NICE says ‘no’ to Amgen’s Repatha in draft guidance
Posted: 18 November 2015 |
The NICE Committee felt the question whether Repatha (evolocumab) would reduce angina, heart attacks and strokes remains unanswered…
The National Institute for Health and Care Excellence (NICE) has published draft guidance not recommending Amgen’s Repatha (evolocumab) as an option for people with high cholesterol (primary hypercholesterolaemia – heterozygous-familial and non-familial) and mixed dyslipidaemia.
People with hypercholesterolaemia have an increased risk of cardiovascular disease (CVD) because long term raised cholesterol levels accelerate the build-up of fatty deposits in the arteries (atherosclerosis). The narrowing of the arteries can eventually lead to angina, heart attacks and strokes. CVD is a common cause of death in England, accounting for approximately 150,000 deaths in 2012.
Repatha is an antibody that targets a specific protein, called PCSK9. PCSK9 reduces the number of receptors on the liver that remove LDL cholesterol (also known as ‘bad’ cholesterol) from the blood. By blocking PCSK9’s ability to work, more receptors are available to get rid of LDL cholesterol from the blood and, as a result, lower LDL cholesterol levels.
No clinical trials to measure the direct effect of Repatha on CVD events
Meindert Boysen, Programme Director at NICE, said: “The Committee concluded that although evolocumab was effective in reducing levels of LDL cholesterol in people with primary hypercholesterolaemia, there have been no clinical trials to measure the direct effect of evolocumab on CVD events. They felt the question of whether reducing LDL cholesterol with evolocumab would reduce angina, heart attacks and strokes remains unanswered.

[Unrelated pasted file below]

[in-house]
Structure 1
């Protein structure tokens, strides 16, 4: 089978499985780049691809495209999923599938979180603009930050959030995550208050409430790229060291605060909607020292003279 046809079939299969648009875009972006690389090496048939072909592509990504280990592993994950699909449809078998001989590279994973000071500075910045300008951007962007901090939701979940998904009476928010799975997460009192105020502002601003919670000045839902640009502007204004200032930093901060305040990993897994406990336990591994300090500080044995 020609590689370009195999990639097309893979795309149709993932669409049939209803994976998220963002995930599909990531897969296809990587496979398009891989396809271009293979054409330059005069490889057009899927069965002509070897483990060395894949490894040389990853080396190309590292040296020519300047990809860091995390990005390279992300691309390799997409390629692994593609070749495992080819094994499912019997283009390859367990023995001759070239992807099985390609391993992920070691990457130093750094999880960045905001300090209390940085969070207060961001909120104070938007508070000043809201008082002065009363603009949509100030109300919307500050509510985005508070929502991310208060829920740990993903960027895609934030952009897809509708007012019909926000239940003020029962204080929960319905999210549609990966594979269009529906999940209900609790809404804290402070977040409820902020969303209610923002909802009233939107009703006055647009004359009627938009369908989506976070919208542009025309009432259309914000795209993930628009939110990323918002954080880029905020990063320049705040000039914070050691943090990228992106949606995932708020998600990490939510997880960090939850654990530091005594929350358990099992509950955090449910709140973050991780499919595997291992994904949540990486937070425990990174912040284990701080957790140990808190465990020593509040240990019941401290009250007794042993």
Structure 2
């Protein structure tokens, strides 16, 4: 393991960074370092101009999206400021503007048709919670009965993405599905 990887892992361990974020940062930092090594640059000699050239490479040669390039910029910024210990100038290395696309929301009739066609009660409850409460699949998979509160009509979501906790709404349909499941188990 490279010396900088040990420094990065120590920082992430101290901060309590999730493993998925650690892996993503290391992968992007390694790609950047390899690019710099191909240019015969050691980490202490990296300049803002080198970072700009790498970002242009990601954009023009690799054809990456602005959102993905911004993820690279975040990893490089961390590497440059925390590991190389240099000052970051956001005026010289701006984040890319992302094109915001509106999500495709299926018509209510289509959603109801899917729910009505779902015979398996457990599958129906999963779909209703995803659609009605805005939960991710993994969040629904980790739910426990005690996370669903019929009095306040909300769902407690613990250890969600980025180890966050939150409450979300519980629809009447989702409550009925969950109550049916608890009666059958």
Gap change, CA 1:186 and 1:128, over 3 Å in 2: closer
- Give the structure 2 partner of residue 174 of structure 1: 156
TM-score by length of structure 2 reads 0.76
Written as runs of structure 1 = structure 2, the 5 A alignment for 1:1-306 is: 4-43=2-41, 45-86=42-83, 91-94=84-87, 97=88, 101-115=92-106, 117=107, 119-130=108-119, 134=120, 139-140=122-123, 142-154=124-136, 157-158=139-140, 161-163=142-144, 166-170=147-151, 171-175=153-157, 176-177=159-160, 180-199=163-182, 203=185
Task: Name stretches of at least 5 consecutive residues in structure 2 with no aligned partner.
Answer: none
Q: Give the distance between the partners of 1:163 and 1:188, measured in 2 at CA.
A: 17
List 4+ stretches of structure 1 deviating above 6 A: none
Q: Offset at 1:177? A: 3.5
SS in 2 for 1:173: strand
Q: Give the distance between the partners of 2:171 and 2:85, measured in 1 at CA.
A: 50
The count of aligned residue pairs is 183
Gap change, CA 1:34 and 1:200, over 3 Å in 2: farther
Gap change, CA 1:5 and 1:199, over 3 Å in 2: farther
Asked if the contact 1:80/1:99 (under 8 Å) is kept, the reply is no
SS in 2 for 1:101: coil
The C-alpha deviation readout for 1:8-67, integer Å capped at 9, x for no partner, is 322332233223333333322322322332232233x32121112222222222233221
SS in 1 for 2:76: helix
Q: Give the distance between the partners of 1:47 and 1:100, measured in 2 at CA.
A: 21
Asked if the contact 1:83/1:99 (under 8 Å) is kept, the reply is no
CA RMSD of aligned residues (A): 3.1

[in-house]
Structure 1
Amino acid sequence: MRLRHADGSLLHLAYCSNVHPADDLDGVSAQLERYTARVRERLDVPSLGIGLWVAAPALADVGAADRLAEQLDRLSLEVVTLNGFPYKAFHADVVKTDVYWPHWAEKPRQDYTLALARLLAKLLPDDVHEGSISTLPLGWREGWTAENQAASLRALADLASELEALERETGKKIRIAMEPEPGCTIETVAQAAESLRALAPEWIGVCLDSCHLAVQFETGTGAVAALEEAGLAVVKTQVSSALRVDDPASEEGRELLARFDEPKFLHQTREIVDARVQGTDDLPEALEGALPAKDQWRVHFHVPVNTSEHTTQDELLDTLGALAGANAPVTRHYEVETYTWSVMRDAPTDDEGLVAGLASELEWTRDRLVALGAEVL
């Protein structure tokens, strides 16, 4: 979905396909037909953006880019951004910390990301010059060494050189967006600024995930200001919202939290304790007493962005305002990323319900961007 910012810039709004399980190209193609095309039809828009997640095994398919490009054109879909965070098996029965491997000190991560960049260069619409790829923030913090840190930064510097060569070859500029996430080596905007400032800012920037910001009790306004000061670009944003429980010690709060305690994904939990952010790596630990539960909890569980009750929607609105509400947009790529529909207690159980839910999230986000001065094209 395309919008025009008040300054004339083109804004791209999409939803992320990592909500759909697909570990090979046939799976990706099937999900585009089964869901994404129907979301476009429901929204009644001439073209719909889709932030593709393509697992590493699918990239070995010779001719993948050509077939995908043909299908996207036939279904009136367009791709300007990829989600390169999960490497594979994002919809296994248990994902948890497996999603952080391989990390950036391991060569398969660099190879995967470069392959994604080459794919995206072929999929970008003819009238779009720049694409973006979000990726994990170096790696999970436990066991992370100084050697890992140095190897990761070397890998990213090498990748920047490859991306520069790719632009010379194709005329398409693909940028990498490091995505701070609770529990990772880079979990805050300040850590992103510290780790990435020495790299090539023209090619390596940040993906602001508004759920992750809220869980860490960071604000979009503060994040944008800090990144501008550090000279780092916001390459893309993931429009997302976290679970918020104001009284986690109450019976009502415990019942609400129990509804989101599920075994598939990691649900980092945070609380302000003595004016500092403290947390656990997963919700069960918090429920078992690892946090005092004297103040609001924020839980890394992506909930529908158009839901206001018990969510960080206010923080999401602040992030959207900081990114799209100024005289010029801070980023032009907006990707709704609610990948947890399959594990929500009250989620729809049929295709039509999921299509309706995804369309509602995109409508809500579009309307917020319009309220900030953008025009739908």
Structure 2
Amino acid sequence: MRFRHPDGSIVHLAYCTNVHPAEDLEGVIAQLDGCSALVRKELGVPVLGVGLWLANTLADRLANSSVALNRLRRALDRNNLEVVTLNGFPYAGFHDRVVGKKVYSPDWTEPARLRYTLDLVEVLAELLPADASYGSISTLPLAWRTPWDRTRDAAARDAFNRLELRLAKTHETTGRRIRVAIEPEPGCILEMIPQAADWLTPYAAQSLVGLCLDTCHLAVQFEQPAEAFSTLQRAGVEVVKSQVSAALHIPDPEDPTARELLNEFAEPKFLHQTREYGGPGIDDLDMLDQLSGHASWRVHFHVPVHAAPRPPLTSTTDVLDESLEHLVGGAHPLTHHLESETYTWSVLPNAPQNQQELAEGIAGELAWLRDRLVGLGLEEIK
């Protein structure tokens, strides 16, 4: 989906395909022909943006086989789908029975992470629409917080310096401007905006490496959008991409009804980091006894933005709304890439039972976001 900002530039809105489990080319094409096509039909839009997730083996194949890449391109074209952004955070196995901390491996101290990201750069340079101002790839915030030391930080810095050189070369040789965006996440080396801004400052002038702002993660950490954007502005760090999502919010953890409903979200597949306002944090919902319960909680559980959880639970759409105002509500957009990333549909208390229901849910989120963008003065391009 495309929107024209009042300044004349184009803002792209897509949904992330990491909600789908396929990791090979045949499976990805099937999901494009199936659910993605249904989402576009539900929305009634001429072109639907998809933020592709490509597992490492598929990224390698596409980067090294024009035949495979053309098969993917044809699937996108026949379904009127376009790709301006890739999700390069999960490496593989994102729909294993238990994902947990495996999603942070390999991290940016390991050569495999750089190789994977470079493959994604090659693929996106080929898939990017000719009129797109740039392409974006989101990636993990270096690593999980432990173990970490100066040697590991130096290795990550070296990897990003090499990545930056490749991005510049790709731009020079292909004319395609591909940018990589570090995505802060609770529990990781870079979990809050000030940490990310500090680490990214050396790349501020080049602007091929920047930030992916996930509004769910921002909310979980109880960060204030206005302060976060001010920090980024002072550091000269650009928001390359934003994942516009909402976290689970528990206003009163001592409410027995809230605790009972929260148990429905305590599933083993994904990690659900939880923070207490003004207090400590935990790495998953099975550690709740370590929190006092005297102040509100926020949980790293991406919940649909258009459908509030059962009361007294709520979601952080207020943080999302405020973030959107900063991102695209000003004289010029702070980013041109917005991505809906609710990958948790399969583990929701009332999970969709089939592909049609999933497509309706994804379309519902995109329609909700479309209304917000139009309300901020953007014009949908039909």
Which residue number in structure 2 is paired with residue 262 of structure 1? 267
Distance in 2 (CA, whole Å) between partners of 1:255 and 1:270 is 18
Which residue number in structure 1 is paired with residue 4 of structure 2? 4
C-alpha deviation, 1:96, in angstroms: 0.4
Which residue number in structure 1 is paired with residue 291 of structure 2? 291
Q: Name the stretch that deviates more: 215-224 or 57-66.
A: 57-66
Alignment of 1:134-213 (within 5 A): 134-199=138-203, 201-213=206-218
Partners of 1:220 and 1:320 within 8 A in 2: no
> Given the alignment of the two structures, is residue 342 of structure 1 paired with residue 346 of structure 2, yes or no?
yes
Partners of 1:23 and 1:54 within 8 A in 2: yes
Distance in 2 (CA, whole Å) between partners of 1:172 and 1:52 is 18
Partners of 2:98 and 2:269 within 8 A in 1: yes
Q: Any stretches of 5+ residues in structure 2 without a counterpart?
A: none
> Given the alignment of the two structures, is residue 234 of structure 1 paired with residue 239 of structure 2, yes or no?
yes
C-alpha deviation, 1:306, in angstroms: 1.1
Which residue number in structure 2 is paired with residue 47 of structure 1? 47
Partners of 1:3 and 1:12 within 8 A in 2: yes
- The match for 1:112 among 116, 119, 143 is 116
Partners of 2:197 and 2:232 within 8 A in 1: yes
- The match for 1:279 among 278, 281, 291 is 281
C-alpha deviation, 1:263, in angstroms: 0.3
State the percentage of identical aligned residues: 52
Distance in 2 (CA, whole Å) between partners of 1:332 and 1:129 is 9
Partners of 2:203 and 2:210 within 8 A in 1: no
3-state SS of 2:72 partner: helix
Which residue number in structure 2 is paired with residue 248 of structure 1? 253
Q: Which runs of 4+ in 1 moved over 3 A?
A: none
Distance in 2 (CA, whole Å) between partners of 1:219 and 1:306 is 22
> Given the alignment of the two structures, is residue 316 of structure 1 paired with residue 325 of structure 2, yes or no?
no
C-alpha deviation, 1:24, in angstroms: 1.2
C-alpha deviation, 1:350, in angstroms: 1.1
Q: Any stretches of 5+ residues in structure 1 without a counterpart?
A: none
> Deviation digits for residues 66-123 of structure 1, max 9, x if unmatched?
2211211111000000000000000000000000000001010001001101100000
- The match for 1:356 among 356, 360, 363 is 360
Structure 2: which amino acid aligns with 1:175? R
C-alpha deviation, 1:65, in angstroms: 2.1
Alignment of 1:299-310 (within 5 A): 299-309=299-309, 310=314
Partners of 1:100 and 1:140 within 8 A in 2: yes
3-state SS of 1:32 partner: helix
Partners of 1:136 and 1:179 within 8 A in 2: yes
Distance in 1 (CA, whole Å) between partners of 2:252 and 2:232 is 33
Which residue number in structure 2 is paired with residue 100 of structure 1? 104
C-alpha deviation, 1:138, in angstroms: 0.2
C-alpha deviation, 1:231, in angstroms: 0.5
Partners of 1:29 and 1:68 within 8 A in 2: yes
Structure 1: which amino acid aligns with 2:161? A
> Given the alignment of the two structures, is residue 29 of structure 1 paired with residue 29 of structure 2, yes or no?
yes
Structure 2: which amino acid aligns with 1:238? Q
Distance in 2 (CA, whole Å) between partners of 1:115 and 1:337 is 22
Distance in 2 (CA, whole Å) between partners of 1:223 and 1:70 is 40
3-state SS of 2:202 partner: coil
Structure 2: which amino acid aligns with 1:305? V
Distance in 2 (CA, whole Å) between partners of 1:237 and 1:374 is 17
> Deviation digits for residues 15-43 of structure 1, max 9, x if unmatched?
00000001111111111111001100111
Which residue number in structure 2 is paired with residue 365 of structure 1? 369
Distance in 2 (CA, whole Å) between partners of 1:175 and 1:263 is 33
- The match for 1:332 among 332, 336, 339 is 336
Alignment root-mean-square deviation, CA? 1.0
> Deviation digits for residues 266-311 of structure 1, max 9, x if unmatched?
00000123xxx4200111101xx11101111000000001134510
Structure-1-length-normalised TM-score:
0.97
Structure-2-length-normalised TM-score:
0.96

“The Committee also considered that the analyses presented by the company had several limitations which called in to question the reliability of the cost-effectiveness results. Importantly, the Committee was concerned that the company had estimated the risks of CVD by using the Framingham risk equations, which have been shown to overestimate CVD risk in a UK population, instead of the NICE-recommended and UK-validated QRISK2 assessment tool. The Committee was also concerned that the company had used an unrealistically high factor to adjust the risk of CVD in people with heterozygous-familial hypercholesterolaemia.
“The Committee concluded that the degree of uncertainty in the cost-effectiveness evidence was too high for it to be able to make well-founded recommendations about evolocumab.”
Consultees, including the company, healthcare professionals and members of the public have until 8 December 2015 to comment on the preliminary guidance. Comments received during this consultation will be fully considered by the Committee at its meeting on 13 January 2016 and following this meeting the next draft guidance will be issued.